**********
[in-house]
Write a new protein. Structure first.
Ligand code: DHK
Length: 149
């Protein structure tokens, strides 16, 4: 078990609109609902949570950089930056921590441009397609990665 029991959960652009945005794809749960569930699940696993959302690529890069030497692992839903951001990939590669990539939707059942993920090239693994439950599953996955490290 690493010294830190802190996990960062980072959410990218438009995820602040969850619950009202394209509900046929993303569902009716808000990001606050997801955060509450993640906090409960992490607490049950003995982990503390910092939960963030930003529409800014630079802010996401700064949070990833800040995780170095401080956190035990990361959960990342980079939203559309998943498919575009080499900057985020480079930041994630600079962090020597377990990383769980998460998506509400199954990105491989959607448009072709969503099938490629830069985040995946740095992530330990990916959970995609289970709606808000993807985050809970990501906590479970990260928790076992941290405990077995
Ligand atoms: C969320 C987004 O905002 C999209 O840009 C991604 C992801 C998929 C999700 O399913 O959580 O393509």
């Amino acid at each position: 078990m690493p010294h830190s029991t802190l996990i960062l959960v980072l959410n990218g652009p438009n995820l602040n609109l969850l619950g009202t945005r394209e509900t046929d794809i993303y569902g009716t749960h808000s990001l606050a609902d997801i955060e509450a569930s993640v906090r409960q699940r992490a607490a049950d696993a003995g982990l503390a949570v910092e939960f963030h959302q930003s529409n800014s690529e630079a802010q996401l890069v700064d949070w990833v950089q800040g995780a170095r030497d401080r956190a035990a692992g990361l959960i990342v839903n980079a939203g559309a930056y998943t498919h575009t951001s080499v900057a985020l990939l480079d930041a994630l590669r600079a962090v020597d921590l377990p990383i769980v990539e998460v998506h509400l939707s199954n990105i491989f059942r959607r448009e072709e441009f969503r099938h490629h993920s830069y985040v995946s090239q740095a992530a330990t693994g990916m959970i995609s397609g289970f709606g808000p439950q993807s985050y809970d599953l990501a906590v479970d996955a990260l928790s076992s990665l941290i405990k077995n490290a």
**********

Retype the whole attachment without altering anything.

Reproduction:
[in-house]
Write a new protein. Structure first.
Ligand code: DHK
Length: 149
């Protein structure tokens, strides 16, 4: 078990609109609902949570950089930056921590441009397609990665 029991959960652009945005794809749960569930699940696993959302690529890069030497692992839903951001990939590669990539939707059942993920090239693994439950599953996955490290 690493010294830190802190996990960062980072959410990218438009995820602040969850619950009202394209509900046929993303569902009716808000990001606050997801955060509450993640906090409960992490607490049950003995982990503390910092939960963030930003529409800014630079802010996401700064949070990833800040995780170095401080956190035990990361959960990342980079939203559309998943498919575009080499900057985020480079930041994630600079962090020597377990990383769980998460998506509400199954990105491989959607448009072709969503099938490629830069985040995946740095992530330990990916959970995609289970709606808000993807985050809970990501906590479970990260928790076992941290405990077995
Ligand atoms: C969320 C987004 O905002 C999209 O840009 C991604 C992801 C998929 C999700 O399913 O959580 O393509």
């Amino acid at each position: 078990m690493p010294h830190s029991t802190l996990i960062l959960v980072l959410n990218g652009p438009n995820l602040n609109l969850l619950g009202t945005r394209e509900t046929d794809i993303y569902g009716t749960h808000s990001l606050a609902d997801i955060e509450a569930s993640v906090r409960q699940r992490a607490a049950d696993a003995g982990l503390a949570v910092e939960f963030h959302q930003s529409n800014s690529e630079a802010q996401l890069v700064d949070w990833v950089q800040g995780a170095r030497d401080r956190a035990a692992g990361l959960i990342v839903n980079a939203g559309a930056y998943t498919h575009t951001s080499v900057a985020l990939l480079d930041a994630l590669r600079a962090v020597d921590l377990p990383i769980v990539e998460v998506h509400l939707s199954n990105i491989f059942r959607r448009e072709e441009f969503r099938h490629h993920s830069y985040v995946s090239q740095a992530a330990t693994g990916m959970i995609s397609g289970f709606g808000p439950q993807s985050y809970d599953l990501a906590v479970d996955a990260l928790s076992s990665l941290i405990k077995n490290a």